• Interviews with figures as contrasted as Chile's President Salvador Allende – soon to die in a bloody right-wing revolution – and Republican presidential candidate Barry Goldwater.[13]
  • Summers made two visits to Cuba, where he suffered the fate of many before and after him – waiting for but not getting the promised interview with Fidel Castro.[14]
  • In Bolivia, defying a government ban on journalists, he travelled over rugged country to the site of Che Guevara's death.[14]
  • The Tupamaro guerilla movement in Uruguay.[14]
  • The tension in Argentina between the Catholic hierarchy and "worker priests".[14]
  • The US Drug Enforcement Administration's operations on the Mexican border.[14]
  • A reflection on the Americans who returned from the Vietnam War.[15]

Kennedy controversy

With his book on the assassination of President John F. Kennedy, Summers took a middle road – avoiding the wilder conspiracy theories while throwing doubt on the findings of the Warren Commission.[citation needed] He reported in detail, adding the results of his own interviewing, on the finding of Congress' Assassinations Committee that the "committee believes, on the basis of the available evidence, that President John F. Kennedy was probably assassinated as a result of a conspiracy". As did the Committee, he allowed for the possibility that major organised crime figures combined with anti-Castro elements – perhaps with the connivance of some CIA personnel – were behind the plot.[16]


The Eleventh Day: The Full Story of 9/11 and Osama bin Laden was a Finalist for the 2012 Pulitzer Prize for History.[1][17] The book was also awarded the Crime Writers' Association's Gold Dagger for Non-fiction in 2012.[17]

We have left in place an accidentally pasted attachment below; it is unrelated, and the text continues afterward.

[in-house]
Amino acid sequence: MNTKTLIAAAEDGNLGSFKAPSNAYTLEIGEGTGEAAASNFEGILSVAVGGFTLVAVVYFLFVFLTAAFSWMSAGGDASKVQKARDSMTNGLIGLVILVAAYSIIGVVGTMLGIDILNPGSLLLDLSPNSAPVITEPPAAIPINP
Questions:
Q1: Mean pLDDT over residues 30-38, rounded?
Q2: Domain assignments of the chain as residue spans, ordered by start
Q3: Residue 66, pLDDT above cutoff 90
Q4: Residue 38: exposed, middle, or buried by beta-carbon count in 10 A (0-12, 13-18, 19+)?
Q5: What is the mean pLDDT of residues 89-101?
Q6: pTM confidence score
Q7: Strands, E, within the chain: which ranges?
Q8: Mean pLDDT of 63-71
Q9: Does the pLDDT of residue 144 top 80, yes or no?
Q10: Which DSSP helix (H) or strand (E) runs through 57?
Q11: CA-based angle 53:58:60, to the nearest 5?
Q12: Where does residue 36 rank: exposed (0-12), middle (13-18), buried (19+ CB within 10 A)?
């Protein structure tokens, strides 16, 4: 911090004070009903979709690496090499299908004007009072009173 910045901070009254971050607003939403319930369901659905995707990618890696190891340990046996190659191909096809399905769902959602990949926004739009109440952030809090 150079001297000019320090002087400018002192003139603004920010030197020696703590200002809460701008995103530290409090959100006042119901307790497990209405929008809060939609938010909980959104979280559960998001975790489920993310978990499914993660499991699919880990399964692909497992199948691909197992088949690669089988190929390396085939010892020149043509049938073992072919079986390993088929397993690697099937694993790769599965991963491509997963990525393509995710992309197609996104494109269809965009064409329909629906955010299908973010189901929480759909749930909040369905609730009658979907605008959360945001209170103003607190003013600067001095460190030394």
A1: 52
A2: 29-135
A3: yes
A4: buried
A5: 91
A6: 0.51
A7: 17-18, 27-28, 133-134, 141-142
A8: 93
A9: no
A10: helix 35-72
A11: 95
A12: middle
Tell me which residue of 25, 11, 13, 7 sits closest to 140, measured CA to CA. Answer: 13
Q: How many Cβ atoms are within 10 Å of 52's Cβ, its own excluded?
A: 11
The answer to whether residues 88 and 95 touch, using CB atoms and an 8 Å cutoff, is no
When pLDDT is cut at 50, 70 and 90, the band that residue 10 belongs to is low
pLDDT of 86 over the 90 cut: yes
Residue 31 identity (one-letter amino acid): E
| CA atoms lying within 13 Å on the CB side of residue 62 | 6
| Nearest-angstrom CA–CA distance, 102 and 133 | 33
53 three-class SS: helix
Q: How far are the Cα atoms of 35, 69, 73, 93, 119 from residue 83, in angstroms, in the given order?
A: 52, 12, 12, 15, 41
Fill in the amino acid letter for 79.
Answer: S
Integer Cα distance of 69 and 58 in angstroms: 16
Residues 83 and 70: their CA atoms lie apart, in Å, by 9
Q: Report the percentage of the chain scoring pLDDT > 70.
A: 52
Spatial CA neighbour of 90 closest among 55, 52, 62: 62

Not in Your Lifetime earned Summers the CWA Gold Dagger in 1980.[17]

Anthony Summers was made a Fellow of the Literary & Historical Society of University College Dublin in 2012.[18]


  1. ^ a b "The 2012 Pulitzer Prize Winners". Retrieved 4 May 2014. 
  2. ^ "Anthony Summers". Curtis Brown Literary Agency. Retrieved 4 May 2014. 
  3. ^ a b c Lindley, Richard (2002). Panorama: 50 Years of Pride and Paranoia. London: Politicos. p. 129. ISBN 1-84275-046-1. 
  4. ^ Kyle, Keith (2009). Reporting the World. London: I.B. Tauris. p. 209. ISBN 1-84885-000-X. 
  5. ^ a b Smiley, David (1975). Arabian Assignment. London: Leo Cooper. p. 225. 
  6. ^ Summers, Anthony; Robbyn Swan (2000). The Arrogance of Power: The Secret World of Richard Nixon. New York: Viking. p. 611. ISBN 0-7567-5814-9. 
  7. ^ Summers, Anthony; Robbyn Swan (2005). Sinatra: The Life. New York: Knopf. p. 391. ISBN 0-375-71370-0. 
  8. ^ Summers, Anthony. "Looking for Madeleine". Headline. Retrieved 28 August 2014. 
  9. ^ Summers, Anthony (2013). Not in Your Lifetime. New York: Open Road. ISBN 978-1-4804-3548-3. 
  10. ^ Summers, Anthony (2013). Not in Your Lifetime. London: Headline. ISBN 978-0-7553-6542-5. 
  11. ^ "Anthony Summers – The Eleventh Day". Barnes & Noble. Retrieved July 2011. 
  12. ^ Tuohy, Denis (2005). Wide-eyed in Media Land. Belfast: Blackstaff. p. 103. ISBN 0-85640-749-6. 
  13. ^ Tuohy, Denis (2005). Wide-eyed in Media Land. Belfast: Blackstaff. p. 133. ISBN 0-85640-749-6. 
  14. ^ a b c d e Tuohy, Denis (2005). Wide-eyed in Media Land. Belfast: Blackstaff. p. 141. ISBN 0-85640-749-6. 
  15. ^ Tuohy, Denis (2005). Wide-eyed in Media Land. Belfast: Blackstaff. p. 111. ISBN 0-85640-749-6. 
  16. ^ Summers, Anthony (1998). Not in Your Lifetime. New York: Marlowe. ISBN 1-56924-739-0. 
  17. ^ a b c "CWA Dagger for Non-fiction: 2012 winners Anthony Summers and Robbyn Swan". The Crime Writers' Association. Retrieved 4 May 2014. 
  18. ^ UCD Literary & Historical Society (20 February 2012). "Anthony will be made a Fellow of UCD's Literary & Historical Society on Thursday, Feb. 23.". Facebook. Retrieved 4 May 2014. 

External links